Can a Neutered Cat Still Mate? Behaviors & Side Effects

Last Updated on: April 3, 2024

Castrating and spaying cats provide many benefits to the cat population, the pet family, and the individual feline. But we have to consider several factors, the main one being the right age to spay your cat.

Spaying has many benefits, with the main one being stopping sexual behaviors in cats. For this reason, we may be wondering can a neutered cat still mate? Especially, if you see your pet mating after being neutered or spayed. 

Neutered Cat: Behaviors and After-Effects

Unlike an intact male cat, a neutered male cat cannot mate. Neutering, also known as castration in male cats, involves the surgical removal of the testicles. 

This procedure eliminates the production of sperm and significantly reduces the production of sex hormones in male cats. It eliminates the cat’s sexual urges.

Neutering is an effective birth control method that prevents unwanted behaviors like urine marking, and aggression in male and female cats. 

Besides the urge to mate, it eliminates the risk of certain health issues, including testicular cancer in a male cat.

Once a cat has been neutered, it loses the ability to reproduce and should no longer display mating behaviors. A neutered female cat should not engage in mating activities or produce sex pheromones.

The primary purpose of neutering is to control the population and improve the overall well-being of the individual cat. But on rare occasions, we have seen a spayed cat trying to mate with a neutered male or female cat.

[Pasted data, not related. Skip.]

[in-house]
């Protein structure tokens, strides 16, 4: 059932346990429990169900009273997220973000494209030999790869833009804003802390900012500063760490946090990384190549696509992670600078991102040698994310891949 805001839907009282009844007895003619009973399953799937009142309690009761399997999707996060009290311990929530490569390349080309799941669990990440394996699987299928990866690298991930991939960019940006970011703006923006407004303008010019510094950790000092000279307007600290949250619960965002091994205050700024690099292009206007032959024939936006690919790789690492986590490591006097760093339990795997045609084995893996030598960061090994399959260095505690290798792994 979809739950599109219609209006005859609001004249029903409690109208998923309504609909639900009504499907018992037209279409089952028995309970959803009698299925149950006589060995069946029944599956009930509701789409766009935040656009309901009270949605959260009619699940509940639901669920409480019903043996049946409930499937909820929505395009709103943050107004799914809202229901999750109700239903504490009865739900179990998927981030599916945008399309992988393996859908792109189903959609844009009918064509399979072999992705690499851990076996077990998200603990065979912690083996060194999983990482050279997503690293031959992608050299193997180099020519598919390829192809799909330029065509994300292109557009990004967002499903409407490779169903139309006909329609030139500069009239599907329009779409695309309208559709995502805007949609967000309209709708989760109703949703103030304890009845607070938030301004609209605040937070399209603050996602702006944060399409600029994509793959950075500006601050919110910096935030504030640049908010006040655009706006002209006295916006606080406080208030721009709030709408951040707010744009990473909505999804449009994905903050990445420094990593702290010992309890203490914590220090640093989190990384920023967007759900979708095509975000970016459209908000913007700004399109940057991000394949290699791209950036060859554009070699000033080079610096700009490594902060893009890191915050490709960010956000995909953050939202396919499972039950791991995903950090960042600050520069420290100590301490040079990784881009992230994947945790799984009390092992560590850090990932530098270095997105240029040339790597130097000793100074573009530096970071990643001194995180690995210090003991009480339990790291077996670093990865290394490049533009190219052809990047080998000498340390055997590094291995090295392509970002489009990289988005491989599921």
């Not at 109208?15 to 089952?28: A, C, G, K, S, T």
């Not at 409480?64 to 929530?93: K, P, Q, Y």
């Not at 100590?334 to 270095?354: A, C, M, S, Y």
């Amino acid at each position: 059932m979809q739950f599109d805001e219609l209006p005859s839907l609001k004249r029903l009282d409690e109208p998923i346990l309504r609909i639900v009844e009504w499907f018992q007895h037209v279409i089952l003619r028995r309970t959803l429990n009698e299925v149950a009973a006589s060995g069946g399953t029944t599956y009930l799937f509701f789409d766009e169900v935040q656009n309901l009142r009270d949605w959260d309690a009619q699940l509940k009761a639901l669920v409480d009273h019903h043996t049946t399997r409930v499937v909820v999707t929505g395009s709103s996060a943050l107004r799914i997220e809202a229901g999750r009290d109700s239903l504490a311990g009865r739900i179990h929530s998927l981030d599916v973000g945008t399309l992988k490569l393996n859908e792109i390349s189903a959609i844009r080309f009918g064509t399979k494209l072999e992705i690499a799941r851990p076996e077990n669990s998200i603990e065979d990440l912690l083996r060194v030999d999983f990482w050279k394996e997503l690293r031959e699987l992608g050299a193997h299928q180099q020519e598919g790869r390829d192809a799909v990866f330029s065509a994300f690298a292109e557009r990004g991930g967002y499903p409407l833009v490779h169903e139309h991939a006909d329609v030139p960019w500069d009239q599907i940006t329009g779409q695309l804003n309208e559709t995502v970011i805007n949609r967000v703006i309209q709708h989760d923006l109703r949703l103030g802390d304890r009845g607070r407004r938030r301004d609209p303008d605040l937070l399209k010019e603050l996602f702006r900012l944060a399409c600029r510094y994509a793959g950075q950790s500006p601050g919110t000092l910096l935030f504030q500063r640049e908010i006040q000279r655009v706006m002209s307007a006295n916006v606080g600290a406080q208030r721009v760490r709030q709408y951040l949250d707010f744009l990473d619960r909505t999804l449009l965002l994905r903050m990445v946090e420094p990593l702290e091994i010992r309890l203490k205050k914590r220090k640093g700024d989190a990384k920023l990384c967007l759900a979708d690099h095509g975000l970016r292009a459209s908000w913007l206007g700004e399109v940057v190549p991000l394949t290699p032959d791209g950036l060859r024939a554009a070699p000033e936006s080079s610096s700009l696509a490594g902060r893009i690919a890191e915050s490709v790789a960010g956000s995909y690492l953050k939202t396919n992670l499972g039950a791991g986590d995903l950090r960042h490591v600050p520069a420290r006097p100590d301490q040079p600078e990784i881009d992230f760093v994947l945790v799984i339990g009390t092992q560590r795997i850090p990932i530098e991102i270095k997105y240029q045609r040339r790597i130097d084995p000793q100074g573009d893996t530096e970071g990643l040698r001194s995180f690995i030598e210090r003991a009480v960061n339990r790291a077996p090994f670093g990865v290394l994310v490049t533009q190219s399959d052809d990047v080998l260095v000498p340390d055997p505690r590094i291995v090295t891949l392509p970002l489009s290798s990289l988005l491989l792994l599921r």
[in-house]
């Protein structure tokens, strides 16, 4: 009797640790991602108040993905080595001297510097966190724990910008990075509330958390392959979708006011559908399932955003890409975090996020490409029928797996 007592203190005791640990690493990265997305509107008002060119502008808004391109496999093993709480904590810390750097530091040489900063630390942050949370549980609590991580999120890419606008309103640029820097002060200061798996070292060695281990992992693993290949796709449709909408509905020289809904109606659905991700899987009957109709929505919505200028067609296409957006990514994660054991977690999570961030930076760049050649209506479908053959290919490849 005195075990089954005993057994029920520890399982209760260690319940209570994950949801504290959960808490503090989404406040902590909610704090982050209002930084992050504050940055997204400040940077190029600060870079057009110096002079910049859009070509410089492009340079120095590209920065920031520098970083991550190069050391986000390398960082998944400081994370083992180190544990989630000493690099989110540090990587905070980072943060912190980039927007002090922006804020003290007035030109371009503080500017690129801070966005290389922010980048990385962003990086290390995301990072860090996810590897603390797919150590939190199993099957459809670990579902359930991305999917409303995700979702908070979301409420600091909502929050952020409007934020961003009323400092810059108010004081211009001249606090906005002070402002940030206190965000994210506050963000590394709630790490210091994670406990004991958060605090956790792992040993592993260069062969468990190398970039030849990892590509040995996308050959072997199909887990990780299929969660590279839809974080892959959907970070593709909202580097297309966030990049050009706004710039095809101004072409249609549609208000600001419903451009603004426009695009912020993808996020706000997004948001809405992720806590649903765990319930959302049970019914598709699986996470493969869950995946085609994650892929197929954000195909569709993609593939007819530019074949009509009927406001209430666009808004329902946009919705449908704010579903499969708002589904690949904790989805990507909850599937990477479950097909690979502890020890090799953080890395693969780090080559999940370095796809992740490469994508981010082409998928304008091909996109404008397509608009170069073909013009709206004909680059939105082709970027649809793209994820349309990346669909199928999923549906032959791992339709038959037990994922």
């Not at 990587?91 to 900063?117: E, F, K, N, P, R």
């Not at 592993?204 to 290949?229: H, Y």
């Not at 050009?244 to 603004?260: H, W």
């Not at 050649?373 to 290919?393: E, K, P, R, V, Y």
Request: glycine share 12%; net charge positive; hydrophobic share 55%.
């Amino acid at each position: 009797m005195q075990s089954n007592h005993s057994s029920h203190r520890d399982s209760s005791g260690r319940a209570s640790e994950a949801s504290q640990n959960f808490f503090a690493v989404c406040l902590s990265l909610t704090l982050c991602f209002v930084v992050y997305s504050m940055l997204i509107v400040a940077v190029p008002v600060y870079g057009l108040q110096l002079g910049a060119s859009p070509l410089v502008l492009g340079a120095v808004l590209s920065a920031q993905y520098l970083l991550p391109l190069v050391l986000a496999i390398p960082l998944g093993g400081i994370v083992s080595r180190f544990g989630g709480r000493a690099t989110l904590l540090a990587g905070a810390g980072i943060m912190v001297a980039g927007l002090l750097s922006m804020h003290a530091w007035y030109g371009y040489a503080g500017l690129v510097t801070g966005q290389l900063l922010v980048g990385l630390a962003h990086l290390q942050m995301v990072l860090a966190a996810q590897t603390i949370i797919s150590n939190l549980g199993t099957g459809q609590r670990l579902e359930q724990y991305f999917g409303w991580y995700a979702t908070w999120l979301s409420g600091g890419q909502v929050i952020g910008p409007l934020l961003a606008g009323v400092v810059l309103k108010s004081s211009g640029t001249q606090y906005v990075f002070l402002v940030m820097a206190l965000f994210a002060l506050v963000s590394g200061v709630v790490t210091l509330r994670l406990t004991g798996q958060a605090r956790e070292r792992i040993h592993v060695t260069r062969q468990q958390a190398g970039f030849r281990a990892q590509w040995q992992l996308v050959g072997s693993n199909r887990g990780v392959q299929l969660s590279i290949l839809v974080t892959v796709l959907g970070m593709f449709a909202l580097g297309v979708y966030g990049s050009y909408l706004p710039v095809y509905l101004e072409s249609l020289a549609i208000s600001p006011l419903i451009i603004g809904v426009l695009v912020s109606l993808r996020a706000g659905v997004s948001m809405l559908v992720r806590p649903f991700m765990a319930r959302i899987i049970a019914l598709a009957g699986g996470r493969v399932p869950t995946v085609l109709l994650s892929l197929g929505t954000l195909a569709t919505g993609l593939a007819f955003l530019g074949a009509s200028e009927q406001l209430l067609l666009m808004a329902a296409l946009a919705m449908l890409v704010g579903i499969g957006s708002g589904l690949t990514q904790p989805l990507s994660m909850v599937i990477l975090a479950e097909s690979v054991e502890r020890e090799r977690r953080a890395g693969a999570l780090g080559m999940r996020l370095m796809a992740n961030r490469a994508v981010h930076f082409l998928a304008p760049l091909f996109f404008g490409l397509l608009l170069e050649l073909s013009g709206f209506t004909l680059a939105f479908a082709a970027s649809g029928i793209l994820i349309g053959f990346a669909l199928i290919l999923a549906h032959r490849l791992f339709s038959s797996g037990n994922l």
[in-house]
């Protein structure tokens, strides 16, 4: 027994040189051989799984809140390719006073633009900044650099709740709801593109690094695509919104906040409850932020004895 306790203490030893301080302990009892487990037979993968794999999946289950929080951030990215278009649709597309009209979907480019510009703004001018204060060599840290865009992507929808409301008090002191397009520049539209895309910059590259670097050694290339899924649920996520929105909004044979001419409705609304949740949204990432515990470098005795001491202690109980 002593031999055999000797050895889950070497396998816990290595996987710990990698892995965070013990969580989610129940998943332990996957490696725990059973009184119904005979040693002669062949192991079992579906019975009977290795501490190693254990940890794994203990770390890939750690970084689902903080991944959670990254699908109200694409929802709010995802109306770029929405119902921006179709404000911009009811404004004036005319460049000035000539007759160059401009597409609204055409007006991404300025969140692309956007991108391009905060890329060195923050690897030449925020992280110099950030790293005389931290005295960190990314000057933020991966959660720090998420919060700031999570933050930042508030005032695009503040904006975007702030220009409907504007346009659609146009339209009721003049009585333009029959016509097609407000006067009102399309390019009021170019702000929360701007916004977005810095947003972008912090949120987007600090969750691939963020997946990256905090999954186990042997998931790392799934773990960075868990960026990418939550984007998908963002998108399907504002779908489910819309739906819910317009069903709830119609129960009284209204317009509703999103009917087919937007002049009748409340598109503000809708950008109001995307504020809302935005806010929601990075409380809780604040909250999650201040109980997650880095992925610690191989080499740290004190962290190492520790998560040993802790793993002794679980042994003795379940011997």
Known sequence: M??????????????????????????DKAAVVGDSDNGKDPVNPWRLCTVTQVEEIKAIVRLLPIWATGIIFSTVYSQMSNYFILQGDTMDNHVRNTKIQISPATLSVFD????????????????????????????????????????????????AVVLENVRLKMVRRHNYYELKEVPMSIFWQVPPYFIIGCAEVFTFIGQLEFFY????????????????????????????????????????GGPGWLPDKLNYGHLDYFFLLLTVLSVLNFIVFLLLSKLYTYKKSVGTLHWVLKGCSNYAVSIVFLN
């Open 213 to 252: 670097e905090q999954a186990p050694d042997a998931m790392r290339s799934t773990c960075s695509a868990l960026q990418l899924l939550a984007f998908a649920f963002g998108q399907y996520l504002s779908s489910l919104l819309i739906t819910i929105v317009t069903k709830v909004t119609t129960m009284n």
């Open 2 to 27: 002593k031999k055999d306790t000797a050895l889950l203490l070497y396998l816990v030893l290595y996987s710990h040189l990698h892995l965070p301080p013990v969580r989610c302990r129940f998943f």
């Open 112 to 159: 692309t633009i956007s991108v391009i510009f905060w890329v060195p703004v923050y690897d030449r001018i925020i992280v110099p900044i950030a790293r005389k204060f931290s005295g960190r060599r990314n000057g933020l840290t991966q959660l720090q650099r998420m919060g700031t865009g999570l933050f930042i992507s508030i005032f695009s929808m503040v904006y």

4 Reasons Why a Neutered Cat Still Mate

1. Improper Procedure

If a neutered feline is still exhibiting mating behaviors, it may indicate an improperly performed neutering procedure. Neutering should eliminate the production of reproductive hormones responsible for mating behaviors in male and female cats.

Possible reasons why a neutered male or female cat might still mate due to an improper procedure include:

  1. Incomplete Neutering: Some reproductive tissues may have been left behind if the neutering procedure was not performed correctly. This will allow the female or male cat to produce hormones that drive mating behaviors.
  2. Cryptorchidism: In some cases, a testicle may not have descended properly into the scrotum of a male cat. This will make it more difficult to locate and remove during the neutering procedure. If an undescended testicle is not removed, it can continue to produce hormones in a male cat.
  3. Hormone-Producing Tissue Residue: Even with a successful neutering procedure, small amounts of hormone-producing tissue may remain, leading to the persistence of mating behaviors.

If you suspect that a neutering procedure was not successful, it’s important to consult with a veterinarian. A veterinarian can conduct a physical examination or hormonal testing to determine if there are any issues with the neutering procedure.

2. Time of Neutering

The timing of neutering can also determine whether a neutered feline exhibits mating behaviors. Neutering is typically performed at a young age, often before a cat reaches sexual maturity. 

Early neutering helps prevent the development of mating behaviors and reduces the likelihood of certain undesirable sexual behaviors.

However, if a cat is neutered after it has already developed mating behaviors, the behaviors may persist for some time. Cats neutered later in life may have established habits related to mating, and neutering alone may not eliminate these behaviors.

The persistence of mating behaviors in a neutered feline could be attributed to a combination of factors, including:

  • Learned behaviors
  • Residual hormonal influences